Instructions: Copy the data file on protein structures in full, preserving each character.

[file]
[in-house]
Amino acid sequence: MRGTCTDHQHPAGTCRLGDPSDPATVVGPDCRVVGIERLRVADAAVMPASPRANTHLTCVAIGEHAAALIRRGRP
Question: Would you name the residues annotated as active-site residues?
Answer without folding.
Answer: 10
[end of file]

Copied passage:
[in-house]
Amino acid sequence: MRGTCTDHQHPAGTCRLGDPSDPATVVGPDCRVVGIERLRVADAAVMPASPRANTHLTCVAIGEHAAALIRRGRP
Question: Would you name the residues annotated as active-site residues?
Answer without folding.
Answer: 10